One of the Royals’ season-long strengths, a stout defense, threw a shoe Saturday night at two key points in a 5-3 loss to the Boston Red Sox in front of a sellout crowd at Kauffman Stadium.
To be fair, it might be that the Royals are victims of their own success in pointing to two key playsnot made
as turning points.
Even so, the inability of right fielder Justin Maxwell to make a sliding catch on Stephen Drew’s sinking liner contributed significantly to Boston’s four-run fourth inning.
“I had a good bead on it,” Maxwell said. “On my way in, I just lost it in the lights. At that point, I just tried to keep it in front of me. It just bounced (past) my glove.”
And Mike Moustakas’ belated throw from third on Will Middlebrooks’ two-out grounder in the sixth preceded an RBI double by Jacoby Ellsbury after the Royals had closed within 4-3 with a three-run fifth.
“I didn’t a have a good hold on the ball,” Moustakas said, “so I needed an extra shuffle. That’s why he was safe.”
Let’s be clear. Neither play, particularly Drew’s liner, was a routine play. Both were scored hits. But the Royals have spent much of the season denying runs by turning potential hits into outs.
And Saturday, it didn’t happen — and the Royals lost for just the fifth time in 22 games since the All-Star break.
Royals starter Jeremy Guthrie, 12-8, threw a season-high 123 pitches while allowing five runs and 10 hits in six innings. He probably deserved better.
“The big key was I fell behind a couple of guys,” he said. “A leadoff walk (to Mike Carp in the four-run fourth). The Stephen Drew at-bat was a 2-1 pitch.
“Certainly, the Ellsbury pitch (in the sixth). Even the Middlebrooks at-bat was a 2-0 count. He didn’t hit it well, but it was a hitter’s count. That gives those guys a better chance to put the ball in play, and they did that.”
Boston starter Felix Doubront carried a 4-0 lead into the fifth but couldn’t complete the inning. The victory went to Brandon Workman, who worked 12/3 innings of scoreless relief.
Koji Uehara pitched a scoreless ninth for his 12th save.
The loss dropped the Royals to 60-54 and 81/2 games behind first-place Detroit in the American League Central. They remained 41/2 games behind Oakland for the AL’s final wild-card berth.
Boston opened the scoring in the fourth after Guthrie walked Carp, who went to second on Jarrod Saltalamacchia’s one-out single through the right side. Drew then pulled a floating drive into right that eluded a charging Maxwell, who made a sliding attempt at a catch, for an RBI double.
Manager Ned Yost said an outfielder more experienced with Kauffman Stadium likely makes the catch. But this was just Maxwell’s third game in right field at the K since arriving in the July 31 trade from Houston.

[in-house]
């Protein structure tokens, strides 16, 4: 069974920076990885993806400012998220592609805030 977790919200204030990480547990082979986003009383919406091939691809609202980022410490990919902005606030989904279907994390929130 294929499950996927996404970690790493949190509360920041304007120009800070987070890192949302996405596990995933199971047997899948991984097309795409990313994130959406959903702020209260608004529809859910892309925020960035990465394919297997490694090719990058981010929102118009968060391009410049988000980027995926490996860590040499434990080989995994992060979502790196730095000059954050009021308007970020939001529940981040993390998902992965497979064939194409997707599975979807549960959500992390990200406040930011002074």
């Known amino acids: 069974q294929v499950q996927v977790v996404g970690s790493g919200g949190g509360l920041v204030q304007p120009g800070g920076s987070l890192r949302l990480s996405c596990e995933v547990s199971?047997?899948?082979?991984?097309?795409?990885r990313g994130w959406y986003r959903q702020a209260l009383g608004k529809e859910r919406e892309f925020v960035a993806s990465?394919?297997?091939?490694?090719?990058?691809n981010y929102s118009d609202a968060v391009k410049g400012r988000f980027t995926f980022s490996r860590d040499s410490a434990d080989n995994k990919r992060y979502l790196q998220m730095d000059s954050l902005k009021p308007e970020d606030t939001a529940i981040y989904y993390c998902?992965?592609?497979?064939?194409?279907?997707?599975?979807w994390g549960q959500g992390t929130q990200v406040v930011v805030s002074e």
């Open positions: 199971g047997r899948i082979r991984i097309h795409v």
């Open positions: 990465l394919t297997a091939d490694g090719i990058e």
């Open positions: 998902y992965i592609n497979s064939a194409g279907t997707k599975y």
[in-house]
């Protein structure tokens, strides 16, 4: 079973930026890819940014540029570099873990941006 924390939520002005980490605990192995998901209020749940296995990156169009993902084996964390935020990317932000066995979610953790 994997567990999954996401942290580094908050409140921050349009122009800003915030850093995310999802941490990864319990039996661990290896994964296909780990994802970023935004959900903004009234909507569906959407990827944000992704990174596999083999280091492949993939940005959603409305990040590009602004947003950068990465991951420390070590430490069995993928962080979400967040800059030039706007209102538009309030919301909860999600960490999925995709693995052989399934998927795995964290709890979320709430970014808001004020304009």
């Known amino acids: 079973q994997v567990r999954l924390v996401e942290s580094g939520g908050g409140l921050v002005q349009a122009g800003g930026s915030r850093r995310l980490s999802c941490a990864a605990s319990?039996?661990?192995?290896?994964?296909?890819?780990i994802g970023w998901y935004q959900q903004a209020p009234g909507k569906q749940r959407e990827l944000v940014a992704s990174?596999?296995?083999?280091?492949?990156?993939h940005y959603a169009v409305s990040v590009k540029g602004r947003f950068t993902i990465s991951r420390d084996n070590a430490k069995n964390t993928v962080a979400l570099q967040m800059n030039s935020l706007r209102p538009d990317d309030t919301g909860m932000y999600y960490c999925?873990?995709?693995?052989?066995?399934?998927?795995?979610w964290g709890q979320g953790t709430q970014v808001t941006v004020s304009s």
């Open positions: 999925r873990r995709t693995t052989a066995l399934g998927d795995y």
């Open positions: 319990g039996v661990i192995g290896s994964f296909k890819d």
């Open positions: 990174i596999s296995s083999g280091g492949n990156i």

“We’re still going through a transitional period with him,” Yost said. “He’s learning the stadium, learning the lights and learning the vision of it. When it was hit, he didn’t pick it up right away. By then, he was just a hair late.”
Maxwell said: “I’m sliding and hoping it’s going to come out of the lights on the way down. It just hit in front of me.”
And that opened the floodgates.
Middlebrooks followed by dumping a two-run single into short right that fell just inside the line. Ellsbury then pumped an RBI double into the right-center gap for a 4-0 lead.
The Royals got three runs back in the fifth inning after Alcides Escobar led off with a walk. Eric Hosmer followed with a line drive into the left-center gap for an RBI double.
Billy Butler then sent a drive into the right-field corner for another RBI double. Butler went to third when Alex Gordon floated a single into left, which put the tying runs on base with no outs.
That finished Doubront, which meant he couldn’t get the victory despite carrying a four-run lead into the fifth.
“They're tough,” he said. “I was helping them by not throwing strikes and getting behind in the count. But they're good hitters.”
Workman, 3-1, struck out Maxwell on three pitches, but Miguel Tejada drove an RBI single up the middle that made it 4-3. A double steal put both runners in scoring position, but Moustakas popped to short.
Workman held the lead by striking out Brett Hayes.
The Moustakas play in the sixth led to the game’s final run. He needed that extra step on Middlebrooks’ two-out grounder and even his howitzer arm couldn’t compensate.
“I knew he was playing me back,” Middlebrooks said, “and I knew I didn't hit it very well. I got down the line as fast as I could. And with the way Jacoby swinging the bat, I wanted to get on base for him.”
Ellsbury drove a double into the left-center gap. He was thrown out at third in trying for a triple, but the Red Sox had a two-run lead.
Even so, the Royals had some chances in the closing innings.
Workman departed after Escobar’s one-out single in the bottom of the inning. Craig Breslow ended the inning by getting Hosmer to ground into a double play.
The Royals got a leadoff double by Butler to start the seventh against reliever Junichi Tazawa. It was Butler’s 241st career double, which tied him with Willie Wilson for sixth on the club’s all-time list.
It came to nothing.
Tazawa retired Gordon on a fly to left before striking out Maxwell and Elliot Johnson, who replaced Tejada earlier in the inning. Tejada suffered a strained right calf while diving for a ground ball. He will be evaluated further on Sunday.
The Royals also got a one-out double in the eighth from Hayes, when left fielder Daniel Nava couldn’t hold the ball after crashing into the wall. But Tazawa retired the next two hitters.
“Their bullpen did a great job of coming in and stopping us,” Hosmer said. “It was a tough loss.”